The second case is using a BIOS or UEFI host computer to create a UEFI USB drive. The drawback of this option is that your USB drive will not work on anything but a newer Windows or Apple computer (and it may not work on Apple). We will show you a simple way to avoid UEFI Boot Hijacking.
Here are the steps for each of these cases:
Case #1 BIOS Host computer and BIOS Target USB Drive.
Step 1 Set your laptop to boot from a USB drive
This is done by entering the BIOS of your laptop – typically pressing F2 immediately after pushing the Power On button. The BIOS is also where you might be able to change from UEFI boot to Legacy boot. The actual BIOS changing process will vary greatly from one model to the next. For more information about entering BIOS for your laptop, to a Search in any Search engine. Go to the Boot Sequence section of your BIOS and change it to start from a USB Drive instead of your computer’s internal hard drive. Then Save and Exit the BIOS.
Step 1.2 Start a Live Session on your computer
Connect your computer to the Internet with an Ethernet cable. Then use your non-persistent USB Live stick to start a Live Session. If your computer has USB 2 ports and USB 3 ports, the USB 2 ports are usually on the right. Put your non-persistent live stick on the right port so that later you can put your USB 3 external drive target in the left port. This will bring up the traditional Debian Installer screen.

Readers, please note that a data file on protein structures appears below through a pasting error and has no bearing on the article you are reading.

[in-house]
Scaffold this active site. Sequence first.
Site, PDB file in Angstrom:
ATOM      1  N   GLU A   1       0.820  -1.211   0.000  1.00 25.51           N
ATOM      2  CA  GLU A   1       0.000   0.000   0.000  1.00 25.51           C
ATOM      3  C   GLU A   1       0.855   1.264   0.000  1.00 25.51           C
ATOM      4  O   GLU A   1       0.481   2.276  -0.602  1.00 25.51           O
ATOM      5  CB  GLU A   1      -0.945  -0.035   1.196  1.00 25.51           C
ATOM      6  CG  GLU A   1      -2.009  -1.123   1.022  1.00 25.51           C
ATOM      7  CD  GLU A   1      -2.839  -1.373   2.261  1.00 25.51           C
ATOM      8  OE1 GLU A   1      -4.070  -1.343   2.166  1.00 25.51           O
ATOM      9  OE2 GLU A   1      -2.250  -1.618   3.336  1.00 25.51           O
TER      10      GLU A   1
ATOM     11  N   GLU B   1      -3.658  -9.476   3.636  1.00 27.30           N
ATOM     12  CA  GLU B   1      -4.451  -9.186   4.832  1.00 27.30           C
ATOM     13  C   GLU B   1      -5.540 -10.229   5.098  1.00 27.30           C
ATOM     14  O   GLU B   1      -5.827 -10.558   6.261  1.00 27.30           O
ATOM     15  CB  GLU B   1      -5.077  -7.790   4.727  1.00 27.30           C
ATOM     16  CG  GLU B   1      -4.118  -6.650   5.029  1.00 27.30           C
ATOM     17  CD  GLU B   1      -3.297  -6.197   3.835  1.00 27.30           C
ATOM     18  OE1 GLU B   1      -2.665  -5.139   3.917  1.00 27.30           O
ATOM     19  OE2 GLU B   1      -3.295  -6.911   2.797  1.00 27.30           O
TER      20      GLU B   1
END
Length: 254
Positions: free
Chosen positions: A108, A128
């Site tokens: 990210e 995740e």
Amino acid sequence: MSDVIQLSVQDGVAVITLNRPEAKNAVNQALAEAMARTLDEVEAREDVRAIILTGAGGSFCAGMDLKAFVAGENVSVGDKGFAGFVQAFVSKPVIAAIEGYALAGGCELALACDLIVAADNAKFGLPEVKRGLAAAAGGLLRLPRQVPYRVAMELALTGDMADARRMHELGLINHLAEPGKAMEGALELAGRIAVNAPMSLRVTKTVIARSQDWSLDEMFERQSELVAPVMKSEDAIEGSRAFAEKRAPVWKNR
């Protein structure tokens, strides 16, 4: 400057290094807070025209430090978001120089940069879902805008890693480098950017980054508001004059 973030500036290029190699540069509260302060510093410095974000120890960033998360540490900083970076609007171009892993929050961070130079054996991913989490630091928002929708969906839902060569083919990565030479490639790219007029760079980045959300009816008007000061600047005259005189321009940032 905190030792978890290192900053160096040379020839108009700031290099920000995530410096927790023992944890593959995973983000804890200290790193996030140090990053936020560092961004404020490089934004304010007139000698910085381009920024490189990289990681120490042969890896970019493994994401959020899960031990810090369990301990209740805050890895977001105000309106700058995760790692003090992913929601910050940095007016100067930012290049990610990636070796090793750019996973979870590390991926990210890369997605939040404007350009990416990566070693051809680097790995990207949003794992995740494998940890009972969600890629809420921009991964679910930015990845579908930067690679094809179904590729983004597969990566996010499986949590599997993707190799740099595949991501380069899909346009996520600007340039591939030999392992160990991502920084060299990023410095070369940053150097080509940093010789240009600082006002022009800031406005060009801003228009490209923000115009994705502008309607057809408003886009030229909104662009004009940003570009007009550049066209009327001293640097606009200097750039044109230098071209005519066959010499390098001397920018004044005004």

Step 1.3 Start the Debian Installer
Start the Debian Installer by double clicking on Graphical Install. Select language and keyboard; install third party software. Press Enter on your keyboard to get to the next screen where you can use your mouse again. Expand the bottom of the screen to see the Continue button. For Language, choose English. Then click Continue. For Location, choose US. Then Continue. For Keyboard, choose American English and click Continue. Debian 11 will then load.
Only after the installer starts, insert the already formatted USB 3 external drive you want to place persistence on into a USB port on the left side of your computer.
For Configure the Network, leave the host name at Debian. Then click Continue. For domain name, make up a pretend domain name like dev.test. Skip the root password we will add root later. Click Continue.